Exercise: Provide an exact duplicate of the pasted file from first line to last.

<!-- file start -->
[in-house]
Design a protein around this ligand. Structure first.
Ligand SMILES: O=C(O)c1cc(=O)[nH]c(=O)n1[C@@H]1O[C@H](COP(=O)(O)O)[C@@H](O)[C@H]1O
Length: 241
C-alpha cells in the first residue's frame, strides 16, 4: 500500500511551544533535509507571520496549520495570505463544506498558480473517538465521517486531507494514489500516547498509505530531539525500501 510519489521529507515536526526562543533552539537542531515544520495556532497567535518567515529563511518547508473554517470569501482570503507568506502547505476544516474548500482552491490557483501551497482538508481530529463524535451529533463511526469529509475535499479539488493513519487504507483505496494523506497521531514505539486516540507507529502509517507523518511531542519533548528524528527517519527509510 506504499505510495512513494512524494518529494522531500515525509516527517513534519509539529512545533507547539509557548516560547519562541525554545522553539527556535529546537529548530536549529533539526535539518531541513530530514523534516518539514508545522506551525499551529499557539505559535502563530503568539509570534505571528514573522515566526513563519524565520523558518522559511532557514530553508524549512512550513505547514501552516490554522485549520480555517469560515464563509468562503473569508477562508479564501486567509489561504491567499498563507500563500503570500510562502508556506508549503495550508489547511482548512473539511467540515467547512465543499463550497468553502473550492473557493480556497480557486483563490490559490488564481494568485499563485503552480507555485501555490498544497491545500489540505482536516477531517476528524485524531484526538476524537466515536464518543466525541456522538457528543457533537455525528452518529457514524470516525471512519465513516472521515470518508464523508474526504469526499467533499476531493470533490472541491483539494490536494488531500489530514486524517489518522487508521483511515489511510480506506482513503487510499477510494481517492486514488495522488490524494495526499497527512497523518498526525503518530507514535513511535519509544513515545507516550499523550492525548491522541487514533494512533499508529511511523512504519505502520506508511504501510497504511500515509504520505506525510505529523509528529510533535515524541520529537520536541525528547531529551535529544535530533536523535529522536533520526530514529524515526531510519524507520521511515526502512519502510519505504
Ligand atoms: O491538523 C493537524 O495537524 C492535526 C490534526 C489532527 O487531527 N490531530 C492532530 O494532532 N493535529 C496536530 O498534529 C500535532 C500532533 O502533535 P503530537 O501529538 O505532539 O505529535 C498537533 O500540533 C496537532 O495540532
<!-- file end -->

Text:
[in-house]
Design a protein around this ligand. Structure first.
Ligand SMILES: O=C(O)c1cc(=O)[nH]c(=O)n1[C@@H]1O[C@H](COP(=O)(O)O)[C@@H](O)[C@H]1O
Length: 241
C-alpha cells in the first residue's frame, strides 16, 4: 500500500511551544533535509507571520496549520495570505463544506498558480473517538465521517486531507494514489500516547498509505530531539525500501 510519489521529507515536526526562543533552539537542531515544520495556532497567535518567515529563511518547508473554517470569501482570503507568506502547505476544516474548500482552491490557483501551497482538508481530529463524535451529533463511526469529509475535499479539488493513519487504507483505496494523506497521531514505539486516540507507529502509517507523518511531542519533548528524528527517519527509510 506504499505510495512513494512524494518529494522531500515525509516527517513534519509539529512545533507547539509557548516560547519562541525554545522553539527556535529546537529548530536549529533539526535539518531541513530530514523534516518539514508545522506551525499551529499557539505559535502563530503568539509570534505571528514573522515566526513563519524565520523558518522559511532557514530553508524549512512550513505547514501552516490554522485549520480555517469560515464563509468562503473569508477562508479564501486567509489561504491567499498563507500563500503570500510562502508556506508549503495550508489547511482548512473539511467540515467547512465543499463550497468553502473550492473557493480556497480557486483563490490559490488564481494568485499563485503552480507555485501555490498544497491545500489540505482536516477531517476528524485524531484526538476524537466515536464518543466525541456522538457528543457533537455525528452518529457514524470516525471512519465513516472521515470518508464523508474526504469526499467533499476531493470533490472541491483539494490536494488531500489530514486524517489518522487508521483511515489511510480506506482513503487510499477510494481517492486514488495522488490524494495526499497527512497523518498526525503518530507514535513511535519509544513515545507516550499523550492525548491522541487514533494512533499508529511511523512504519505502520506508511504501510497504511500515509504520505506525510505529523509528529510533535515524541520529537520536541525528547531529551535529544535530533536523535529522536533520526530514529524515526531510519524507520521511515526502512519502510519505504
Ligand atoms: O491538523 C493537524 O495537524 C492535526 C490534526 C489532527 O487531527 N490531530 C492532530 O494532532 N493535529 C496536530 O498534529 C500535532 C500532533 O502533535 P503530537 O501529538 O505532539 O505529535 C498537533 O500540533 C496537532 O495540532